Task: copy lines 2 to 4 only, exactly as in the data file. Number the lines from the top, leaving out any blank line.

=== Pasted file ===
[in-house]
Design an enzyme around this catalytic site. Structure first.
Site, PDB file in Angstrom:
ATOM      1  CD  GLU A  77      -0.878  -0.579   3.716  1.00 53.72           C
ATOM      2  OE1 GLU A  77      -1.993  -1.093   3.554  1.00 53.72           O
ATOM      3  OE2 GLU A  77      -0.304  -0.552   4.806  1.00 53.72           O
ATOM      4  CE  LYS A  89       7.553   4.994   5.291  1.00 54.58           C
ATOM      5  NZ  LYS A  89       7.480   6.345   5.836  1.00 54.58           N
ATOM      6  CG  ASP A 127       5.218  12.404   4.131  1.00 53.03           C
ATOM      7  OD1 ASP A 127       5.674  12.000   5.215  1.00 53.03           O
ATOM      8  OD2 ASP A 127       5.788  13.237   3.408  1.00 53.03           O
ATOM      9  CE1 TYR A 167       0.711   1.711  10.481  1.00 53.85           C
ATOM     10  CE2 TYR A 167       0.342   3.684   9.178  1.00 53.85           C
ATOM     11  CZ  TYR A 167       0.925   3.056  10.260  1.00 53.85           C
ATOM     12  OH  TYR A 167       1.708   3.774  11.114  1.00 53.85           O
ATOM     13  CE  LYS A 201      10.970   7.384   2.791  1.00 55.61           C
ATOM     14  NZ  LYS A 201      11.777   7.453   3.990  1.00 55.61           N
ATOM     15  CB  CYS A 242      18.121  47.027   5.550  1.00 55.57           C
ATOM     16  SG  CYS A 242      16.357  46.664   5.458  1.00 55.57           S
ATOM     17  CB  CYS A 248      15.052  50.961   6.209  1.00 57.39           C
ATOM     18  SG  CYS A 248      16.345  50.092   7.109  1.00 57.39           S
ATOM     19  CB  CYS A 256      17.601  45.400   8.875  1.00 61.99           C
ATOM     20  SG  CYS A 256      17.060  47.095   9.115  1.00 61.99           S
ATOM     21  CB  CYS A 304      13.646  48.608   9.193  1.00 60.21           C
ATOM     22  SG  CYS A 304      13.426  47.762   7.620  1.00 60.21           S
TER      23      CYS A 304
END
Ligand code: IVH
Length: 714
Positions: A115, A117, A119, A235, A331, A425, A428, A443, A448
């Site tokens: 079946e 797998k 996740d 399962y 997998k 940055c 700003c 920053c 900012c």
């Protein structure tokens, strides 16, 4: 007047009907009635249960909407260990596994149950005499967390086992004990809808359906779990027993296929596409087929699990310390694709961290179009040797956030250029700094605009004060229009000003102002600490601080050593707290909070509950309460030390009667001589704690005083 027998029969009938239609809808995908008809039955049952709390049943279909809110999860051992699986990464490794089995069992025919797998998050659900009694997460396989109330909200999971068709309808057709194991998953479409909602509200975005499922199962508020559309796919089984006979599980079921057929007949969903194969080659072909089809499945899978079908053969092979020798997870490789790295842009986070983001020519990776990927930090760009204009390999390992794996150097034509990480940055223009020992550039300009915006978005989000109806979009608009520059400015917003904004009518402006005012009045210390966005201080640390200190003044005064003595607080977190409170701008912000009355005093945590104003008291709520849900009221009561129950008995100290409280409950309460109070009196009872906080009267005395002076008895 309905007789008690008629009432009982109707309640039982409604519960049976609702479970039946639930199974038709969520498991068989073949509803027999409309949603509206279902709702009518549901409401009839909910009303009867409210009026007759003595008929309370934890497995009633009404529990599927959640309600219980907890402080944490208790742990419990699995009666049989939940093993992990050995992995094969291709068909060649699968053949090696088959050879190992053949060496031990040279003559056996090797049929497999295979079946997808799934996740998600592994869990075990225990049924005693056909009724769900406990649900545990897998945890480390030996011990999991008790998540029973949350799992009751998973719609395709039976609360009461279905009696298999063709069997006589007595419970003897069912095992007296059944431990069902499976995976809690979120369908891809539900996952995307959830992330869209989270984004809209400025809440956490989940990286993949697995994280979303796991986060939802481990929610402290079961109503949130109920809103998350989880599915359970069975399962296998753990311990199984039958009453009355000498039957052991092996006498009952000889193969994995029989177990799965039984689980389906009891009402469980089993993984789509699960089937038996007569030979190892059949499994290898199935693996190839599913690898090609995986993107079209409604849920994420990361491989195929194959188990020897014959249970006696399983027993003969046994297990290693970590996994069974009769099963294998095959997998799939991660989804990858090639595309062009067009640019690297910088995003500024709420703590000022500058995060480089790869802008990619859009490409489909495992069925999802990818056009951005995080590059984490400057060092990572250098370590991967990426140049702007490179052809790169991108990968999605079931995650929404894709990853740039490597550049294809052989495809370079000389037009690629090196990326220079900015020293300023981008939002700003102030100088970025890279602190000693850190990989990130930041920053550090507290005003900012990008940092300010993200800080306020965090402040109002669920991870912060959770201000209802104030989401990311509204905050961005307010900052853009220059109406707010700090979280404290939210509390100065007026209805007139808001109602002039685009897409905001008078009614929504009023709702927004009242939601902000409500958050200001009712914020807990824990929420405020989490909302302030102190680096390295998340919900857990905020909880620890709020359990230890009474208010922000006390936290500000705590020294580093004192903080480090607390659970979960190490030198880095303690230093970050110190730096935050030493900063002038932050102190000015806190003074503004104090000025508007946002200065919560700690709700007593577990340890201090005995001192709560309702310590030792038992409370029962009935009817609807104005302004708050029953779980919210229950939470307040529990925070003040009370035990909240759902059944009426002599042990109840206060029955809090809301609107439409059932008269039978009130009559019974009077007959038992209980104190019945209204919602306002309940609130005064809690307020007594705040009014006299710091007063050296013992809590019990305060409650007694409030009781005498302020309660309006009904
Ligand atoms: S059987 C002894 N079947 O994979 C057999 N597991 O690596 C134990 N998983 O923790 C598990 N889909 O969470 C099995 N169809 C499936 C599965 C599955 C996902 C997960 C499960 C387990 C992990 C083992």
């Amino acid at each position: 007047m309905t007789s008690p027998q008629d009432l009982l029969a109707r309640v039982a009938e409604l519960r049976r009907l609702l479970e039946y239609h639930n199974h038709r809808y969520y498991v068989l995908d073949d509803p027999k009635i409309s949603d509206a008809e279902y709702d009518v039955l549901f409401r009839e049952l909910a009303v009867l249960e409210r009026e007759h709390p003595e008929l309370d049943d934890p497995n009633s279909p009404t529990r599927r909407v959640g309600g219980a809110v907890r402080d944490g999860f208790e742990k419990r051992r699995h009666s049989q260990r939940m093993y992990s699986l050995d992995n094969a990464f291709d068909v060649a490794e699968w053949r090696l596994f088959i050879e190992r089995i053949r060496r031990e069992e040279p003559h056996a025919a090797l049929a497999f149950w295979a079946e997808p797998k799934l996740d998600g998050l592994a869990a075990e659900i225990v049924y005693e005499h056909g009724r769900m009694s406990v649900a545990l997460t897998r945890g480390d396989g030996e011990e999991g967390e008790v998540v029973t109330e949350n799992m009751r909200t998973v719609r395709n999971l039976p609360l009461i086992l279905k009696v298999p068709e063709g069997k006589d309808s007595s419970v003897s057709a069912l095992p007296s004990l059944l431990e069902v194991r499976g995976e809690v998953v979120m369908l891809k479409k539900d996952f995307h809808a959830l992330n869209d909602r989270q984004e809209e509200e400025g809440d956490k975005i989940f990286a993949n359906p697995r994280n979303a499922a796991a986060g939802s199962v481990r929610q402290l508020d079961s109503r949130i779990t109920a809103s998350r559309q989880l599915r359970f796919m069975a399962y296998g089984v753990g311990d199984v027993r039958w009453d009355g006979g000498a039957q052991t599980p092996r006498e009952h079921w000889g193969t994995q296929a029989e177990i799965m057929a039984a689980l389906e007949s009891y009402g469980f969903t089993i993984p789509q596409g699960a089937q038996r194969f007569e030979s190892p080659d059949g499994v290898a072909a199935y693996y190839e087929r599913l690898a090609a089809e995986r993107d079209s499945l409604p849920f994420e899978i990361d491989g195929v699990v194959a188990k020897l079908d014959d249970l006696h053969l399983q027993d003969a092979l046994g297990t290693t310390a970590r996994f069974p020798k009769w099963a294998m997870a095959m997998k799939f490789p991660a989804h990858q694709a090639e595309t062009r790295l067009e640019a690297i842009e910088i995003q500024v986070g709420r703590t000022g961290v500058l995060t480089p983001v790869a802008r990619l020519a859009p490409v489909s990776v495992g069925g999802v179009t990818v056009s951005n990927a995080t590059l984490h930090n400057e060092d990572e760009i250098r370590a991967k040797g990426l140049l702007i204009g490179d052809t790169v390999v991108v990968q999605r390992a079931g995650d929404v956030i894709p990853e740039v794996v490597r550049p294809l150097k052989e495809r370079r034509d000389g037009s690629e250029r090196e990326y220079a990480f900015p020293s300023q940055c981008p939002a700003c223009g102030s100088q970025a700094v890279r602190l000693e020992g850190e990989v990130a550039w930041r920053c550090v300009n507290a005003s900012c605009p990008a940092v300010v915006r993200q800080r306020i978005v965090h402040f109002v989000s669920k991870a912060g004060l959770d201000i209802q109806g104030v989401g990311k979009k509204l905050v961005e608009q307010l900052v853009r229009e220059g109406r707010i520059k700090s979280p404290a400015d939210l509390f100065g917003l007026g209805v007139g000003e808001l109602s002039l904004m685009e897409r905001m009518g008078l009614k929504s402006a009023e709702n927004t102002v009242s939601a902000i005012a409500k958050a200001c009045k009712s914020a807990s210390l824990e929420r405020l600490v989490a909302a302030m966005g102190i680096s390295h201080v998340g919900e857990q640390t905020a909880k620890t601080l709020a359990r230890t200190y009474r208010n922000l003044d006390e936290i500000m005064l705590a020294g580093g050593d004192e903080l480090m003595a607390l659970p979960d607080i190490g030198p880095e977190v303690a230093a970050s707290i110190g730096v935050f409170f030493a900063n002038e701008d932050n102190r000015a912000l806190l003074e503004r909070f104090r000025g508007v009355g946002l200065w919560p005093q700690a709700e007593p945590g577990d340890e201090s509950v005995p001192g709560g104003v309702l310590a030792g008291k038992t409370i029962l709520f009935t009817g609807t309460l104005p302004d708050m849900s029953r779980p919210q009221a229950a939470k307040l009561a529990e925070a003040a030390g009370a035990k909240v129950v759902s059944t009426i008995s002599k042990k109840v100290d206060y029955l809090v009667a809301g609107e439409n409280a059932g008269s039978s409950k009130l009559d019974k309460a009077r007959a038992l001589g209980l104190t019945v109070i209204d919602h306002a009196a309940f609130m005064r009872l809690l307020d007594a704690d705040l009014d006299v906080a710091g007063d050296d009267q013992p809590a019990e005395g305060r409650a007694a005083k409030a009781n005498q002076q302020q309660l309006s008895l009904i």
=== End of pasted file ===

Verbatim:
Design an enzyme around this catalytic site. Structure first.
Site, PDB file in Angstrom:
ATOM      1  CD  GLU A  77      -0.878  -0.579   3.716  1.00 53.72           C